Written by Stefana Simic, Co-Founder Gigagrass
Making a physical architectural model is a fascinating exercise. It is on the one hand a 3D representation of a design and proof of concept but on the other hand, the model itself and construction thereof is a protagonist in its own right, a thing of wonder, with its own technique, devotion and craft. We were inspired to commit a few months, with full time dedicated work of our in-house team, to developing these series of models iterating a new construction technique utilizing laminated bamboo straps and simple metal joinery.
We harvested bamboo from our own garden, cut and shaved strips, boiled them in water and curved them according to very precise templates printed to scale that were derived from technical digital models and CAD drawings.
The models represent designs for light-weight "nomadic" structures to be covered in textiles, and easily assembled in remote locations. Some of these designs form part of the Caravane Village project, which is an undergoing initiative being developed in collaboration with Caravane Foundation. The first full scale prototype of the Caravane Village will be inaugurated at the Venice Biennale of Architecture in 2021 (originally scheduled for 2020).
Here are recommendations for books and essays touching on the subject of architecture and design that will surely inspire you and influence the way you think about the space, not just as a geometric construct, but as a 4D emotional space. Let us know if you have any other recommendations! We are always looking for a good read.
In Praise of Shadows
The Poetics of Space
In The Cause of Architecture
Frank Lloyd Wright
Building, Dwelling, Thinking (Essay)
AD Italia features our private home and studio in latest issue November 2020. Simon Velez started constructing the property over 50 years ago when his father gave him a money gift which Simon used to buy a small plot in the historic center of Bogota, back then a very run down and dangerous sector of the city but attractive to the local bohemians. Since then, he has bought the neighboring lots and parceled together an expansive property on which he has developed a number of structures, each one for a different family member. As Simon´s eclectic family grew, so did his house.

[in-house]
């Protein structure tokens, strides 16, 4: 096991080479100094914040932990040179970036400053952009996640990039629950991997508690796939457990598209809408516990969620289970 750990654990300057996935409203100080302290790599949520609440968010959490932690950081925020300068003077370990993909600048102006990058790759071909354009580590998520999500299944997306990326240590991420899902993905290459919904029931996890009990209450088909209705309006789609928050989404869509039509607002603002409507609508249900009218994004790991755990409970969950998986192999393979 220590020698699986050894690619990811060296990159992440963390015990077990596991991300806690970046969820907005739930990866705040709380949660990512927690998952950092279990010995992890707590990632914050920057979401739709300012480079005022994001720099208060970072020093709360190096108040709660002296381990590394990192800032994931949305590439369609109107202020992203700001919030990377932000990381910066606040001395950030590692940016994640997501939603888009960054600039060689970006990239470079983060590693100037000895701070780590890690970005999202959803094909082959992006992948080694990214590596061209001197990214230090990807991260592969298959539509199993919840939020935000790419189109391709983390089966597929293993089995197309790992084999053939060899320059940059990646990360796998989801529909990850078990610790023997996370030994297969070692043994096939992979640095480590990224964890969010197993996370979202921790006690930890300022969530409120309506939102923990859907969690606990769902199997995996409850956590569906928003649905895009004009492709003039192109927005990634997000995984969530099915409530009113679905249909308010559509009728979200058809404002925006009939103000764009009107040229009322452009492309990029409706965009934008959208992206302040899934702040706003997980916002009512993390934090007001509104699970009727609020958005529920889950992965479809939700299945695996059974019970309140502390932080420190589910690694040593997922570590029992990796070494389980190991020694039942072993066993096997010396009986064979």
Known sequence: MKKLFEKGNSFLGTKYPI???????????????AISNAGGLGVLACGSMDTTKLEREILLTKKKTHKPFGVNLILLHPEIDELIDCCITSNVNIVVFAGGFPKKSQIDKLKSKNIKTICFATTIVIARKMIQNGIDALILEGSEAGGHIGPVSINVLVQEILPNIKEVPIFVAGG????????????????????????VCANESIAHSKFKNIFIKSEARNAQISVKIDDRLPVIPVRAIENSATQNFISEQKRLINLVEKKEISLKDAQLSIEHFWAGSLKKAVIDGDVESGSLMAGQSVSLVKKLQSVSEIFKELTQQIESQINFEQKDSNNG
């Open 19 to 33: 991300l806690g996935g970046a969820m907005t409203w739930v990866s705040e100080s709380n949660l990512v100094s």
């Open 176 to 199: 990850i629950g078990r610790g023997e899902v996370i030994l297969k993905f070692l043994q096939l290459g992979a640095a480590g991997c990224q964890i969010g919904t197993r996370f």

AD Italia features only some of the structures. The little blue house (la casita) was his first structure made out of wooden elements, the tall red tower built out of concrete, recycled stones, and bamboo (el mausoleo), and the main house (casa azul) which he shares with his wife and co-founder of Gigagrass design practice.
Photographs by Francesco Dolfo and text by Elena Dallorso.
With the criteria that this pavilion had to be prefabricated and disassemblable (with the idea to tour other international locations), the design process changed. The joinery had to be completely rethought. The bamboo had to be pre-cut to millimetric precision and categorized before being shipped. The shrinkage of the bamboo diameter while it travels overseas had to be taken into account when we designed, dimensioned and fabricated the metal joinery. All the angles of the bamboo unions had to be calculated, the radii of the curved pipes had to be determined, all to third decimal precision. There was no space for error: all of the thousands of pieces had to be perfect and ready to mount when the site opened for construction in Arles, France.
We worked intensely, and in parallel, with the engineering and construction team in France to develop the project and bring it to fruition. Our in house design team at the time was only 2 people, Simon with a pencil in hand and Stefana, handling the computers and detailed technical drawings for production. The engineer and construction manager in France were following in parallel with all their heavy work and open minds, as we were all embarking on doing something completely new.
More information about the exhibition here: